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would build his camp-fires on the mountains, and after a week's absence, return loaded with the trophies of the chase.

7. But see! The tall pine totters to and fro—the trembling tree is breaking from the stump-a deafening crash and the ancient forest monarch plunges on the rocks below.

8. Hutson had dropped his axe and run a short distance to get clear of the falling limbs, when he saw a large animal a little way off bounding towards him, which he at first supposed to be a deer ; but in a moment more, to his dismay, he saw it to be a large panther, and knew from its actions that it was hungry as a hyena, for it made directly at him, with its hair all projecting forward; its glaring eyes and fearful jaws extended, revealing a row of teeth that makes one shudder to think of. What was to be done? Sam did not want that monster to make a breakfast of him. Retreat was in vain. What would you have done ?

9. With the nerve of a Jackson, Sam met his antagonist in the unequal contest.

10. He seized the beast by the skin of the neck with his left hand, and plied him heavily in the ribs with his right. Round and round they

went in the struggle for life and death--life to the victor, but death to the vanquished. At length the panther made a spring to escape.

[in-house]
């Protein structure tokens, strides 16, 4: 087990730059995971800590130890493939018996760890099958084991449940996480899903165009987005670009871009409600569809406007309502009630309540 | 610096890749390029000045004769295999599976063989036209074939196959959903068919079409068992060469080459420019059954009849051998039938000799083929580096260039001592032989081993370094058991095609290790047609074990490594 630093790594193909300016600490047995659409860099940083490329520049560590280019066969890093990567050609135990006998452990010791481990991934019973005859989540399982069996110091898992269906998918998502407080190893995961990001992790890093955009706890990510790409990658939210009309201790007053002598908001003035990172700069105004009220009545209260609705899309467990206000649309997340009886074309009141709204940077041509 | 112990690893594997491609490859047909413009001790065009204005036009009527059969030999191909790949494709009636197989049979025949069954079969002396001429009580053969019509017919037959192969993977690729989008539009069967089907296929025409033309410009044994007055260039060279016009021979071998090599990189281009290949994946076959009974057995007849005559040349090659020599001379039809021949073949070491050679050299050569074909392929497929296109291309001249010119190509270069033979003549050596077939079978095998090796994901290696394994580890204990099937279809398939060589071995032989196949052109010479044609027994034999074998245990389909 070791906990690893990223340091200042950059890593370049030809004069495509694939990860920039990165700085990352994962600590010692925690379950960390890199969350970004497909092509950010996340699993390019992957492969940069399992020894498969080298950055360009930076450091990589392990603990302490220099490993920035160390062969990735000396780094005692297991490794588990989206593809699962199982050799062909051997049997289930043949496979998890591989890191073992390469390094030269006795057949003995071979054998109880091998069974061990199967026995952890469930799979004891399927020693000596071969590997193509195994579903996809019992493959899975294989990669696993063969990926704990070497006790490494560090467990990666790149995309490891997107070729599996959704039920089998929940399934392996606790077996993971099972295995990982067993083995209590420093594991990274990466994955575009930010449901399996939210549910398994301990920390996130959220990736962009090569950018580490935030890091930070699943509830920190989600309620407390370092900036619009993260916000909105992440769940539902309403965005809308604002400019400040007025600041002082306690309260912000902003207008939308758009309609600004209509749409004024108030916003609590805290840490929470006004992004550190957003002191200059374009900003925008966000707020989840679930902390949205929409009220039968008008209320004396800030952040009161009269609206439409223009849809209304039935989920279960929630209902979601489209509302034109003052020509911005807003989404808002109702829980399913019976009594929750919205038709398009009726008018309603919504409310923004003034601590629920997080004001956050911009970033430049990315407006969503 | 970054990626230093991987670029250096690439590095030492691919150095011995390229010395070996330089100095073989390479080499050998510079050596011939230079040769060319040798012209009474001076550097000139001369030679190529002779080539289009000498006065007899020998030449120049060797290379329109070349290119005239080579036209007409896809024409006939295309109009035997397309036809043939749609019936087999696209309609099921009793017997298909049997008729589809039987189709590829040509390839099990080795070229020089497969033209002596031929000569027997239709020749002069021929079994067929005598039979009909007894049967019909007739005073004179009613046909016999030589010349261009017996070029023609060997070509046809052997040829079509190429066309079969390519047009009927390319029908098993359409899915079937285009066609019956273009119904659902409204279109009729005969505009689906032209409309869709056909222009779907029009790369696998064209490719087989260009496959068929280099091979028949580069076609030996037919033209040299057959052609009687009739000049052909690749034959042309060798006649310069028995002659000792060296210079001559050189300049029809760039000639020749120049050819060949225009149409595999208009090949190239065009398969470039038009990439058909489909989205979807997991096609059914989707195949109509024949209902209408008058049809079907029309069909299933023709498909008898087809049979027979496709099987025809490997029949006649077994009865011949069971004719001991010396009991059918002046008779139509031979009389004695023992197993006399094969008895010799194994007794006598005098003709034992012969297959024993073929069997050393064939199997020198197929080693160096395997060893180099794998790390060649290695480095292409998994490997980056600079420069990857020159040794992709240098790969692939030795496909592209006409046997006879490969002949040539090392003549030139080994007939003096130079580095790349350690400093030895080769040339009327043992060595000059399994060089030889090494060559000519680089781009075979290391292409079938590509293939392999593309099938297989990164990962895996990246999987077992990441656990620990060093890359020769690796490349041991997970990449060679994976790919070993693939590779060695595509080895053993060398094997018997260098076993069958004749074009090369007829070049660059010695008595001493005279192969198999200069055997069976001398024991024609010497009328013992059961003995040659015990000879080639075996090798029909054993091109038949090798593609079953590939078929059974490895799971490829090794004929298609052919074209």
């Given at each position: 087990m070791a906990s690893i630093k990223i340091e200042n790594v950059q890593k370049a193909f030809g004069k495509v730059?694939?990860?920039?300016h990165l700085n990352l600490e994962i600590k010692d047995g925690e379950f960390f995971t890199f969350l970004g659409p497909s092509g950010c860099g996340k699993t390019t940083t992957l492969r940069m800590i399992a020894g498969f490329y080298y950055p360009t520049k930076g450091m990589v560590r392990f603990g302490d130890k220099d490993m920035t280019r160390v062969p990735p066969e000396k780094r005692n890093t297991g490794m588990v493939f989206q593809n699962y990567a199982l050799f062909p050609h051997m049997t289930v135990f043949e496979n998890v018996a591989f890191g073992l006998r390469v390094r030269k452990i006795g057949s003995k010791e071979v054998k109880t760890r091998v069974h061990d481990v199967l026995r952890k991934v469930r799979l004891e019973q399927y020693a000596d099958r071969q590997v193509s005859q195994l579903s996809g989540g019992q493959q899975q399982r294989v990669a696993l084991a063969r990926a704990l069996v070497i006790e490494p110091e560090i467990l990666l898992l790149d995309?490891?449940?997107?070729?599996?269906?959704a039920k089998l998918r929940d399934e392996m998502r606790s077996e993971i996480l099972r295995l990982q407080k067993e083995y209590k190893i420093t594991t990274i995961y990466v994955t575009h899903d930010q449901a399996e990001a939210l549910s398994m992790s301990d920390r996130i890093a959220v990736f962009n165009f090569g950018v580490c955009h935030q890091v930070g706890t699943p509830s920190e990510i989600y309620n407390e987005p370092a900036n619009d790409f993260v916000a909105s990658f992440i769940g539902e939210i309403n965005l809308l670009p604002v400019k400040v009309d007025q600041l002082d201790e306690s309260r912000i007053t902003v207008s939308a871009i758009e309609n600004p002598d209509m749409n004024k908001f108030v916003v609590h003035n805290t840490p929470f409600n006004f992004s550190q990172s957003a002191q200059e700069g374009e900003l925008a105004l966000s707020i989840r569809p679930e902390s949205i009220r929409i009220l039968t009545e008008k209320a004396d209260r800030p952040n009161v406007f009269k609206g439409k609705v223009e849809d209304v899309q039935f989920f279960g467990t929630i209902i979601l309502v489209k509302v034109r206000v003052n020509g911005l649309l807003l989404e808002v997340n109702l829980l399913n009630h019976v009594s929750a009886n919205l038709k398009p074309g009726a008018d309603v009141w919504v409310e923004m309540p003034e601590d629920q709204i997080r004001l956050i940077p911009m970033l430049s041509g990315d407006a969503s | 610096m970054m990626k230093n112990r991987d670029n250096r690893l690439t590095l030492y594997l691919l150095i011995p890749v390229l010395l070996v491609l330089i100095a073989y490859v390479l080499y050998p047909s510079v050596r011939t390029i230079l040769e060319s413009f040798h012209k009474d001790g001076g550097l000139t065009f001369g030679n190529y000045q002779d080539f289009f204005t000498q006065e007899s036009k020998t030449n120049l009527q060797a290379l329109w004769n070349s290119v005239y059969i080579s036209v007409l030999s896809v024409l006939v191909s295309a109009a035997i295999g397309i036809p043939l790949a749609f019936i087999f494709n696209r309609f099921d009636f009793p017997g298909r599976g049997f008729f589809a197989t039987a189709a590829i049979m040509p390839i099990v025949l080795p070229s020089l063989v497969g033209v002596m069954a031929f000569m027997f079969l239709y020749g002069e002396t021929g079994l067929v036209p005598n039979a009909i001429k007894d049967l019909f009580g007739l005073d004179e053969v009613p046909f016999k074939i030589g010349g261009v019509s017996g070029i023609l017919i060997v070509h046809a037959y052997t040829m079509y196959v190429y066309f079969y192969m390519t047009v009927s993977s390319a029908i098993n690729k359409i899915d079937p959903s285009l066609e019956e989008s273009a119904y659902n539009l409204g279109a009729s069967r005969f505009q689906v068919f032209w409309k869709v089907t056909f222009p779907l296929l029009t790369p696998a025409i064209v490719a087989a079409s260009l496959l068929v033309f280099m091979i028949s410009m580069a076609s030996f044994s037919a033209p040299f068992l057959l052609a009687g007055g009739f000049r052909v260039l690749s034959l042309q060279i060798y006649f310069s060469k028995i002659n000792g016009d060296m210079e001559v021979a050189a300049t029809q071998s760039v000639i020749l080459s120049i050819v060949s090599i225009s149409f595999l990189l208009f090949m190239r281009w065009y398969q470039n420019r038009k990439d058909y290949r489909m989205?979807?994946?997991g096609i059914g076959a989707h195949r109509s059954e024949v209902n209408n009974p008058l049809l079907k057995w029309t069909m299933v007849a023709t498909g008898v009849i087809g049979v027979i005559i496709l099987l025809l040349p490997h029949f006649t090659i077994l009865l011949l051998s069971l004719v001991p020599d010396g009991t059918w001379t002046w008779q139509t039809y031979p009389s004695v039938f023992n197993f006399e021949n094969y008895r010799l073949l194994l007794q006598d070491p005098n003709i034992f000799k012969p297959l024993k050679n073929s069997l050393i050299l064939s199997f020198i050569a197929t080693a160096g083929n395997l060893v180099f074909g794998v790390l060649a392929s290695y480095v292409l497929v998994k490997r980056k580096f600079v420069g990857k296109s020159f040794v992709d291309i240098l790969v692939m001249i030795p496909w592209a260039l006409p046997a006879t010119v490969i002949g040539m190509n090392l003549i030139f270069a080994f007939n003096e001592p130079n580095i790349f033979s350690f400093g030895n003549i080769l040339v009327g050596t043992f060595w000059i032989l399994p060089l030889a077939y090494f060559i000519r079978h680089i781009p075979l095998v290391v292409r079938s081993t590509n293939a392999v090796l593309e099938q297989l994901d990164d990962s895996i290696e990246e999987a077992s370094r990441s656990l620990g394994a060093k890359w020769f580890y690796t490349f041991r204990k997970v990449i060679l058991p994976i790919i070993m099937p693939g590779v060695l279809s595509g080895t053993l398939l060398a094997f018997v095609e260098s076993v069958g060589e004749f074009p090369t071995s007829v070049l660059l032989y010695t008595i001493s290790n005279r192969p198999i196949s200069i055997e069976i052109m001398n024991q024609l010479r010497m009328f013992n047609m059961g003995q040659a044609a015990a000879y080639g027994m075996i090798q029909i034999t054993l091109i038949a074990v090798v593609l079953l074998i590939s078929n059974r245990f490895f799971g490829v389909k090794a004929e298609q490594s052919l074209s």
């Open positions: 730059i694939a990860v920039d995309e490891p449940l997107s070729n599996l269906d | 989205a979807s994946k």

11. “Oh ho! You're wh-wh-whipped, are you ?” he stammered, and he plied him with renewed vigor. Mr. Panther had never been in such a scrape before-neither had Sam--for the skin of his neck was drawn so tight that he only got his breath with a whiz, and every stroke in the side was answered by a grunt of pain from the panther, and a grunt of exertion from Sam. The animal sunk on his side, and Sam shouted, “Carroll!” The boy sprang to him with the butcher-knife, which was plunged into the heart of the beast. Sam was badly scratched, yet he was glad he had gotten off so well, and never complained of the loss of his shirt.

Spell and use in sentences : com'pe tence

ob'sta cles

hy ē'na in ūred'


an tag'o nist lab

in cis'ions

vanquished de files'


ex er'tion

Topical Review. What is a panther ? What is one of its habits ? Who is the hero of this story ? Describe the journey up the mountain. What was its object ? Describe Hutson. Relate his fight with the panther.

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The king of the gods walked forth one day-
It is thus the ancient fables say-
Not yet had mortals learned to raise
A temple to the monarch's praise,
Nor through a form of earth or sea
Had dared approach his majesty;
And Jupiter pondered-of all he had made,
What most his mightiness displayed ?


The oak thre out his branches wide,
And thus he spoke in his strength and pride:
“A simple acorn to earth was flung,
And thence has the boast of Tellus sprung,
Whose summit looks down on Olympia’s height,
Whose roots have pierced to Erebus' night,
With Neptune who copes for the rule of the sea-
Meet emblem I, great Jove, of thee !”


An eagle stayed in his course to the sun,